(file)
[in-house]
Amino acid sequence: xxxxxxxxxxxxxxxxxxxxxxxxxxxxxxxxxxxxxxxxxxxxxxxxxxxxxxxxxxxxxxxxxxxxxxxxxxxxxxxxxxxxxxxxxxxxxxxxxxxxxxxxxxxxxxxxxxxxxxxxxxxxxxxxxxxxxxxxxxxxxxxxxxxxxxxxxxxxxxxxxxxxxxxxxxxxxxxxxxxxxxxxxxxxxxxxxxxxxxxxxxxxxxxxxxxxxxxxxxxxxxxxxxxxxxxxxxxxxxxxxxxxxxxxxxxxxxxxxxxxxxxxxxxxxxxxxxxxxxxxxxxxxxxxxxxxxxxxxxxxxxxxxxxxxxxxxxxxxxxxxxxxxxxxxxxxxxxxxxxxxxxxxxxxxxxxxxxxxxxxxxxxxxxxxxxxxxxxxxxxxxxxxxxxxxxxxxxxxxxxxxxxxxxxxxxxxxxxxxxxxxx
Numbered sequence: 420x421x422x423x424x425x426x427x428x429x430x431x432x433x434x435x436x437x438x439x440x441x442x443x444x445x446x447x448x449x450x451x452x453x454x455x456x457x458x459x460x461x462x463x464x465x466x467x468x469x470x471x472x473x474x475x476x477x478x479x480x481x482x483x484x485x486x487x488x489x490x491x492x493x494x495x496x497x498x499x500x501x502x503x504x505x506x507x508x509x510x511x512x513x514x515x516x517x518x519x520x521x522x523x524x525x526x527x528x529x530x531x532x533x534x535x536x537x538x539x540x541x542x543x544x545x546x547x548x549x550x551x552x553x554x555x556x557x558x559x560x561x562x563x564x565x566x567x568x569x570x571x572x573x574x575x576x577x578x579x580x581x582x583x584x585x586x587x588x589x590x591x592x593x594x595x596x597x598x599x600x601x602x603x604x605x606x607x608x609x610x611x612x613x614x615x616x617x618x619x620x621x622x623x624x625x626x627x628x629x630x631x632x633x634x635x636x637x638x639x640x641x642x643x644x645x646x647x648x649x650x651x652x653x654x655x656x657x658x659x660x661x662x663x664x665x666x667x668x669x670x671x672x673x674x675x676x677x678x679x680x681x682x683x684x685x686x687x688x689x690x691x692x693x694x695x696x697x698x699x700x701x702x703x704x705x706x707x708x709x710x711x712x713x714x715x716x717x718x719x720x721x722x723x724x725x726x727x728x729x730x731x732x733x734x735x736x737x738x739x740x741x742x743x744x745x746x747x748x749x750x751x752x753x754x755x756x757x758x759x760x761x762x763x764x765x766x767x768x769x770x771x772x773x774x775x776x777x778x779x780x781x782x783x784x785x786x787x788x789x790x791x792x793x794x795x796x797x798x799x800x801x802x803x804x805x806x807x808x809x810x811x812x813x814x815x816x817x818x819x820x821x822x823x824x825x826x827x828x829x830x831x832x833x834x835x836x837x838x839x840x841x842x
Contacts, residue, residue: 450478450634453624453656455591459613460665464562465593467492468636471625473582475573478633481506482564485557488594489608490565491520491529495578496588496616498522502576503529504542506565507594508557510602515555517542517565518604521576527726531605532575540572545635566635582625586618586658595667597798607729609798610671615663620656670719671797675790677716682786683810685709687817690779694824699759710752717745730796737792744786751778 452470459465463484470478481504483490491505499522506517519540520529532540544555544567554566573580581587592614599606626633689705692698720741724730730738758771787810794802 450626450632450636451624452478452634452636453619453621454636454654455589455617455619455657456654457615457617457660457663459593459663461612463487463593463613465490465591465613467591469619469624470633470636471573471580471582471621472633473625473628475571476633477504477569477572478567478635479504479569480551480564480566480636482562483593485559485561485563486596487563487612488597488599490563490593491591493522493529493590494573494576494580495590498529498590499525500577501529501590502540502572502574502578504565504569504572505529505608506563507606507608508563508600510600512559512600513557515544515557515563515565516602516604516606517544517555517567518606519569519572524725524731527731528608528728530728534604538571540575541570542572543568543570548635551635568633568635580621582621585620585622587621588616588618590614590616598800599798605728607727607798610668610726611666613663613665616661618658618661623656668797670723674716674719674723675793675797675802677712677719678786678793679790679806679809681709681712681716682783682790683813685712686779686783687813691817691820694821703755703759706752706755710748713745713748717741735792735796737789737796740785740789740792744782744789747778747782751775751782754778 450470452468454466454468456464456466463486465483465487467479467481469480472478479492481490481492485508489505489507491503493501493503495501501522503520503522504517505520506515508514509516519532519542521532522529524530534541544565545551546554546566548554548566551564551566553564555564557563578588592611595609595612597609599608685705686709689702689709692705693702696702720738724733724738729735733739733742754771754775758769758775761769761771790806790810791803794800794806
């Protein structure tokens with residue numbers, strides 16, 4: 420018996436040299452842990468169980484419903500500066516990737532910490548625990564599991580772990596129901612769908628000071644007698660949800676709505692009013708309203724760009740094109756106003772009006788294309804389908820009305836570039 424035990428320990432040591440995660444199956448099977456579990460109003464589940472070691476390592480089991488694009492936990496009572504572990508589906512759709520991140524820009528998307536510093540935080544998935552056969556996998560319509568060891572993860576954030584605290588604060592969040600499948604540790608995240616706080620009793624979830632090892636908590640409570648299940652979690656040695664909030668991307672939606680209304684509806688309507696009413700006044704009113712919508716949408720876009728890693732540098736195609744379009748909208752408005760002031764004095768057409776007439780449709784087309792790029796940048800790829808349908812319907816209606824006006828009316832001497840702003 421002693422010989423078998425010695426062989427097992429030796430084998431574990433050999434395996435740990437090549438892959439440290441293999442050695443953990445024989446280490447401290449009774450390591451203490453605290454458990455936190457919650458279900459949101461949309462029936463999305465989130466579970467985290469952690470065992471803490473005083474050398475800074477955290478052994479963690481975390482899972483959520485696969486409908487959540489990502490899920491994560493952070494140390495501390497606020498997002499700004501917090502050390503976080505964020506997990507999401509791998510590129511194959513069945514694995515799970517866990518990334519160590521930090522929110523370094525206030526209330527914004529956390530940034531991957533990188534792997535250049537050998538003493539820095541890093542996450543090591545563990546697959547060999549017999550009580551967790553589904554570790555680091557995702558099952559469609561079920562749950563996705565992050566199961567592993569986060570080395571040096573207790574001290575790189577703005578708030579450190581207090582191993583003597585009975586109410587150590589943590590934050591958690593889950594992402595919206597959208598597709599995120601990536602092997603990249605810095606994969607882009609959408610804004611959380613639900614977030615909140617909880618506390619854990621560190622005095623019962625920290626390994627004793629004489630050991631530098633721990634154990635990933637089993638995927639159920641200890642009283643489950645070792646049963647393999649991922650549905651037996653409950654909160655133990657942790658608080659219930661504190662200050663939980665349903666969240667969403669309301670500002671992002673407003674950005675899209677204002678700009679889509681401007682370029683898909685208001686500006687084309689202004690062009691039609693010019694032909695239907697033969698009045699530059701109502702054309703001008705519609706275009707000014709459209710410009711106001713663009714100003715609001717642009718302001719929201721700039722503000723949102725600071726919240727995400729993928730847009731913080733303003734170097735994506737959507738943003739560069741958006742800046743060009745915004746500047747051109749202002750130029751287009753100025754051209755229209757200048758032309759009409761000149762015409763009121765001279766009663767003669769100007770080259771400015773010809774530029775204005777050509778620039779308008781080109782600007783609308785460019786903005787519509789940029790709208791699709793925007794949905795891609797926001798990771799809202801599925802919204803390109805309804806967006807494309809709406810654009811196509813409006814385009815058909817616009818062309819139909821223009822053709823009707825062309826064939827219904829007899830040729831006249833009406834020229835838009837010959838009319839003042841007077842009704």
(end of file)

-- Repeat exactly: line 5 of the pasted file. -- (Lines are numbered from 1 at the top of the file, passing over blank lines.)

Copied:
């Protein structure tokens with residue numbers, strides 16, 4: 420018996436040299452842990468169980484419903500500066516990737532910490548625990564599991580772990596129901612769908628000071644007698660949800676709505692009013708309203724760009740094109756106003772009006788294309804389908820009305836570039 424035990428320990432040591440995660444199956448099977456579990460109003464589940472070691476390592480089991488694009492936990496009572504572990508589906512759709520991140524820009528998307536510093540935080544998935552056969556996998560319509568060891572993860576954030584605290588604060592969040600499948604540790608995240616706080620009793624979830632090892636908590640409570648299940652979690656040695664909030668991307672939606680209304684509806688309507696009413700006044704009113712919508716949408720876009728890693732540098736195609744379009748909208752408005760002031764004095768057409776007439780449709784087309792790029796940048800790829808349908812319907816209606824006006828009316832001497840702003 421002693422010989423078998425010695426062989427097992429030796430084998431574990433050999434395996435740990437090549438892959439440290441293999442050695443953990445024989446280490447401290449009774450390591451203490453605290454458990455936190457919650458279900459949101461949309462029936463999305465989130466579970467985290469952690470065992471803490473005083474050398475800074477955290478052994479963690481975390482899972483959520485696969486409908487959540489990502490899920491994560493952070494140390495501390497606020498997002499700004501917090502050390503976080505964020506997990507999401509791998510590129511194959513069945514694995515799970517866990518990334519160590521930090522929110523370094525206030526209330527914004529956390530940034531991957533990188534792997535250049537050998538003493539820095541890093542996450543090591545563990546697959547060999549017999550009580551967790553589904554570790555680091557995702558099952559469609561079920562749950563996705565992050566199961567592993569986060570080395571040096573207790574001290575790189577703005578708030579450190581207090582191993583003597585009975586109410587150590589943590590934050591958690593889950594992402595919206597959208598597709599995120601990536602092997603990249605810095606994969607882009609959408610804004611959380613639900614977030615909140617909880618506390619854990621560190622005095623019962625920290626390994627004793629004489630050991631530098633721990634154990635990933637089993638995927639159920641200890642009283643489950645070792646049963647393999649991922650549905651037996653409950654909160655133990657942790658608080659219930661504190662200050663939980665349903666969240667969403669309301670500002671992002673407003674950005675899209677204002678700009679889509681401007682370029683898909685208001686500006687084309689202004690062009691039609693010019694032909695239907697033969698009045699530059701109502702054309703001008705519609706275009707000014709459209710410009711106001713663009714100003715609001717642009718302001719929201721700039722503000723949102725600071726919240727995400729993928730847009731913080733303003734170097735994506737959507738943003739560069741958006742800046743060009745915004746500047747051109749202002750130029751287009753100025754051209755229209757200048758032309759009409761000149762015409763009121765001279766009663767003669769100007770080259771400015773010809774530029775204005777050509778620039779308008781080109782600007783609308785460019786903005787519509789940029790709208791699709793925007794949905795891609797926001798990771799809202801599925802919204803390109805309804806967006807494309809709406810654009811196509813409006814385009815058909817616009818062309819139909821223009822053709823009707825062309826064939827219904829007899830040729831006249833009406834020229835838009837010959838009319839003042841007077842009704």